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Home arrow Market Research Findings arrow Online Consumerism arrow Buying a car on the Internet is a question of price
Buying a car on the Internet is a question of price PDF Print E-mail
Written by GFK   
27 May 2001

Buying a car on the Internet is a question of price

The Internet as a potential sales channel for car sales

Nuremberg, 28 May 2001: When it comes to buying a new car on the web, the majority of German car owners are still sceptical. However, their willingness to buy on the Internet rises in direct proportion to the discount on offer. According to a recent survey by GfK Marktforschung, in principle, there is potential for the web as a sales channel.

In the light of the escalating importance of e-commerce, the motor industry is making an increased effort to establish new car sales on the Internet. The most recent example is Opel, the first motor manufacturer to do so in Germany, who has launched a new car sales service on the Internet for a limited trial period.

The results of the GfK Marktforschung representative survey of German drivers in February clearly show that the Internet is particularly important as a source of information for sales of new cars. It is mainly used for price comparisons; however, when it comes to actual Internet purchases, it seems that potential buyers are less willing.

Most people just cannot imagine buying a car on the web, although some 20 percent of drivers have an open mind on the subject. What would be acceptable, it seems, is to order a car on the Internet and then to complete the other formalities, like payment and delivery, through the dealer. Conversely, there is a great deal of scepticism concerning use of the Internet for the complete purchasing operation, from enquiry through to delivery.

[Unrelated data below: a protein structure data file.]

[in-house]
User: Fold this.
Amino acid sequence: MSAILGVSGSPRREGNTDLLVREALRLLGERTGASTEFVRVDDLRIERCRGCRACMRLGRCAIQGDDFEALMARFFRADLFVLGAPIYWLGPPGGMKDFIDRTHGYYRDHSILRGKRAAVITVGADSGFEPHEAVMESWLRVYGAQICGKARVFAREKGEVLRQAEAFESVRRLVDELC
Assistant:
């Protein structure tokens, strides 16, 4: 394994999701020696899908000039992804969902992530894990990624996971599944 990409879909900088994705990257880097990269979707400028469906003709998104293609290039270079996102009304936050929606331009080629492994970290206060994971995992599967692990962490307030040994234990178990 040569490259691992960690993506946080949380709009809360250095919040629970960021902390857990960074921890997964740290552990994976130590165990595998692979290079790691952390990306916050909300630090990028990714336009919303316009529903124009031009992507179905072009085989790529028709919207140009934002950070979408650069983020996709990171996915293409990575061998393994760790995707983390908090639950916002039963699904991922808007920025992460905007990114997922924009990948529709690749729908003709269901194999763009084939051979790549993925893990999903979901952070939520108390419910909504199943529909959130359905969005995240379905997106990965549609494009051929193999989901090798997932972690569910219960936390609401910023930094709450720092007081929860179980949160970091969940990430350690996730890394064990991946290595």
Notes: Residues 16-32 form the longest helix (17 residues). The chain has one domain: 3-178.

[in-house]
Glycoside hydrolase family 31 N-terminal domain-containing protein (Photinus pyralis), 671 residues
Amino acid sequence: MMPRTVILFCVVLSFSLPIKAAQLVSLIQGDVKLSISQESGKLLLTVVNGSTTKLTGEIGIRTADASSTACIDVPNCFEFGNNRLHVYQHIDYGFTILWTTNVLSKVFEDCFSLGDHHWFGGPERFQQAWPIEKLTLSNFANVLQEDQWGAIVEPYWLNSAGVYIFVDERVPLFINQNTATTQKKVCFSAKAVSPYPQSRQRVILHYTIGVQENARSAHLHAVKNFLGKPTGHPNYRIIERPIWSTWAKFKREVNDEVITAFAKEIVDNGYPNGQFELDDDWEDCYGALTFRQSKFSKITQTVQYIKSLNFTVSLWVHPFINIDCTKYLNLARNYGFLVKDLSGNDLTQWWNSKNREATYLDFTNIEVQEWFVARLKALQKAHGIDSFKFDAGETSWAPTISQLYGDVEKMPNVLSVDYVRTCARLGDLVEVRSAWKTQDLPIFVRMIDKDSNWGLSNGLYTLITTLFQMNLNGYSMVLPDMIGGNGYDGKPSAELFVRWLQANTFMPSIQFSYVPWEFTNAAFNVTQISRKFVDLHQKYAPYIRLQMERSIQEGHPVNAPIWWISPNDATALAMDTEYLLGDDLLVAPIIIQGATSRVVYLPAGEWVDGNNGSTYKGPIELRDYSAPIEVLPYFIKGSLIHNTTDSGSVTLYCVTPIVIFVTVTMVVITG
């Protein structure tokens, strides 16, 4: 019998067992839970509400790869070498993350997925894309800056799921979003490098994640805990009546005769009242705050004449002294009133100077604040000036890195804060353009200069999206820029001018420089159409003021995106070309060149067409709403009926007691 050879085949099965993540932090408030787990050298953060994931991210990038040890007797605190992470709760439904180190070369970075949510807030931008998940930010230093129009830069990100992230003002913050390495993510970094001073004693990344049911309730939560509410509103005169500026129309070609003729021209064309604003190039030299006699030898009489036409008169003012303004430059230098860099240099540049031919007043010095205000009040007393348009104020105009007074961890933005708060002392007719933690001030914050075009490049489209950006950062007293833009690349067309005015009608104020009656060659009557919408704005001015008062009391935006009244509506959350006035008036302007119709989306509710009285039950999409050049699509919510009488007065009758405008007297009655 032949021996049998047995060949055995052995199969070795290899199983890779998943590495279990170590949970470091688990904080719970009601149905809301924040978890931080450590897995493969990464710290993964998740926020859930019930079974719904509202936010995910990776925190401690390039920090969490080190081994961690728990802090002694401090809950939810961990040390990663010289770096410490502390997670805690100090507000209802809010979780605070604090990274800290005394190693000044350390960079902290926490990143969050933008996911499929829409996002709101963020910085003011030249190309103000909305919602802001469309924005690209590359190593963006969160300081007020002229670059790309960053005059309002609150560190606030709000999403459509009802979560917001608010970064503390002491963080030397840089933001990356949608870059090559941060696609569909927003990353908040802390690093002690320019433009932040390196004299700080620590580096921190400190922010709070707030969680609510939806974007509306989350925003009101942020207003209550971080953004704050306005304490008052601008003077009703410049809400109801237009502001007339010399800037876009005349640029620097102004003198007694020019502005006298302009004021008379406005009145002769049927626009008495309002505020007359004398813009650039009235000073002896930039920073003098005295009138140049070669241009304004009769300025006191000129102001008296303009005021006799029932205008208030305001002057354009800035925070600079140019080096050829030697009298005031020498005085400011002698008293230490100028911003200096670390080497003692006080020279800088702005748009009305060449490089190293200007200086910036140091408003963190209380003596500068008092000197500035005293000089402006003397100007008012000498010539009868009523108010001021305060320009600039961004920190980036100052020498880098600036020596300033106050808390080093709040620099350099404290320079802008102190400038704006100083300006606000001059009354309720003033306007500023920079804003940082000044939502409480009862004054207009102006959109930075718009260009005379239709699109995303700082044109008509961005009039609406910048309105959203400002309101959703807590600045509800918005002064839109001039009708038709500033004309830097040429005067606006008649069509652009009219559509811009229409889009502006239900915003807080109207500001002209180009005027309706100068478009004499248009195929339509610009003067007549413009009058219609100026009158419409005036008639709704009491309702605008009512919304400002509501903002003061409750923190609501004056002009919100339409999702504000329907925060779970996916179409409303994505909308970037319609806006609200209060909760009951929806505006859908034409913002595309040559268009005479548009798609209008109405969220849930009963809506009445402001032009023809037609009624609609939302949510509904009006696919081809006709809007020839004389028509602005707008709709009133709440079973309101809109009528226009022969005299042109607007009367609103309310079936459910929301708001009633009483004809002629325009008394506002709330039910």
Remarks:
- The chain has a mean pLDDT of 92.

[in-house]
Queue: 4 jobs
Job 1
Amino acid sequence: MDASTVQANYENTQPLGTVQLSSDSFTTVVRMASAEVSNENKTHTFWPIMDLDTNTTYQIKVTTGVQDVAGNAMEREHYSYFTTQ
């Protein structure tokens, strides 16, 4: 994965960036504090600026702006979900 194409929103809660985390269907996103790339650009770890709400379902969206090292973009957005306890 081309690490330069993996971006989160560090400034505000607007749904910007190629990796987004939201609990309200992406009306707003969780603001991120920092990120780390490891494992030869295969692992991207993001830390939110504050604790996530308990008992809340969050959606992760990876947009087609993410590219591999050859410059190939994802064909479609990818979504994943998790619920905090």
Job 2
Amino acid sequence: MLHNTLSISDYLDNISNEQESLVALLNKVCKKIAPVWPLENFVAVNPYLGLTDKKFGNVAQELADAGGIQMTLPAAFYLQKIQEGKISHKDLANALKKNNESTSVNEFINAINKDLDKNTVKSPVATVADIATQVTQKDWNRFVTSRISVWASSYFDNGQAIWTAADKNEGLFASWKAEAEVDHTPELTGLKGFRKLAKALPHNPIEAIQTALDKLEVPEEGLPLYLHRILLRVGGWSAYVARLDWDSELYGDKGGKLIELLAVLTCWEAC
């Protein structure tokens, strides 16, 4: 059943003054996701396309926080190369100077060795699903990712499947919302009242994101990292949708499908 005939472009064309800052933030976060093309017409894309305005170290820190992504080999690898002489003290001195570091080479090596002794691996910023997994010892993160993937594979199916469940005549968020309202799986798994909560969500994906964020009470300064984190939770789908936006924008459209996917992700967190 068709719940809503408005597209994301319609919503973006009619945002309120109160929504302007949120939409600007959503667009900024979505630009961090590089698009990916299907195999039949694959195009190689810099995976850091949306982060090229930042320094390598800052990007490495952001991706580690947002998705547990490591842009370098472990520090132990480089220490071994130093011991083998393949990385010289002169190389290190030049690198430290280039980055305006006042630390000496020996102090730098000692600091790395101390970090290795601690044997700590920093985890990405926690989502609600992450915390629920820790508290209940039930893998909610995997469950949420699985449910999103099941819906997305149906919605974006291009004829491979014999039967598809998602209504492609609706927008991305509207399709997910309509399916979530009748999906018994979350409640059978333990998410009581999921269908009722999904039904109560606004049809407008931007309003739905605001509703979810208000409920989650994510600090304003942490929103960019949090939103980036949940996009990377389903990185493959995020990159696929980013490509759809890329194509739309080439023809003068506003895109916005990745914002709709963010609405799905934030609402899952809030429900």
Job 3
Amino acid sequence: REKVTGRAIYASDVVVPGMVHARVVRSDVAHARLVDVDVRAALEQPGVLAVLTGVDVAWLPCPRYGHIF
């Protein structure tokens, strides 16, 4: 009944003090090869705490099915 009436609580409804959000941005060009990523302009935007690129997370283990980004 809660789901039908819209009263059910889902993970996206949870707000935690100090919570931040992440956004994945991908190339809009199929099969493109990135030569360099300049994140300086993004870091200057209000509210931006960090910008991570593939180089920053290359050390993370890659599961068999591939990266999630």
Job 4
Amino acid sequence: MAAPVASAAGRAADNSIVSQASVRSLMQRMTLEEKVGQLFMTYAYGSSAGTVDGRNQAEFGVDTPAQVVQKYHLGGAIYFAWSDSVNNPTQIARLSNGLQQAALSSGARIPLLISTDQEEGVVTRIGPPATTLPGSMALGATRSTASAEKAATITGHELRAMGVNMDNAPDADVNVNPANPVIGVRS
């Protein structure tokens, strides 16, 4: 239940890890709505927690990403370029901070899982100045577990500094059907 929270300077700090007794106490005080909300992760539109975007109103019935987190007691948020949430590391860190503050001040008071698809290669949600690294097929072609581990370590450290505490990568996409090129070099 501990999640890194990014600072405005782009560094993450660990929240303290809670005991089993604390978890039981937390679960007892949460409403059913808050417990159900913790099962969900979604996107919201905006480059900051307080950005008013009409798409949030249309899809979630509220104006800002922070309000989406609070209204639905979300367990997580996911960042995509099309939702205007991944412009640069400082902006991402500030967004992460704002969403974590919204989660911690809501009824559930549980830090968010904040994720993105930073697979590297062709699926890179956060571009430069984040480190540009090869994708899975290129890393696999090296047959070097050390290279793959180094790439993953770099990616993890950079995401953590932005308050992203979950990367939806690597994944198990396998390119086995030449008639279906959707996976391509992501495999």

The attraction behind use of the Internet when buying a new car is, quite simply, the price. The higher the available discounts, the more drivers are willing to buy a car on the web. In addition, there are three other major factors: data security and payment, the availability of part exchange for the previous car and test drives.

Those surveyed currently expect a discount for purchasing on the Internet, but at the same time, they are not willing to give up any of the service which they have been used to. In principle, what emerges quite clearly, is that interest in Internet purchasing increases significantly with a price difference of five to ten percent.

So, if the price is right and other factors relevant to purchasing are taken into account, there is potential for the Internet as a sales channel for new cars. However, opinions are divided on this and based on these differences, GfK has developed a typology of the various purchasers.

The above information is the result of a GfK market research survey of 1,570 German car drivers carried out in February of this year. The main focus of the survey was to ascertain the acceptance of the Internet for new car purchases and the assessment of a number of different factors relating to Internet sales of new cars. The complete survey is available from GfK Automobilmarktforschung, Michael Schmid, tel.: ++49 911/395-2258, at a cost of Euro 1,900 excl. VAT.

The GfK Group, a leading international market research organization, achieved total revenues of Euro 481 million in 2000 (1999: Euro 389 million) in its four business divisions, Consumer Tracking, Non-Food Tracking, Media and Ad Hoc Research. In addition to fifteen German subsidiaries and affiliates based in Nuremberg and Frankfurt/Main, the company has over 90 subsidiaries and affiliates located in 50 countries worldwide. Of a total of over 4,400 employees, approximately 1,350 are based in Germany. For further information, visit our website: www.gfk.com.

 

 
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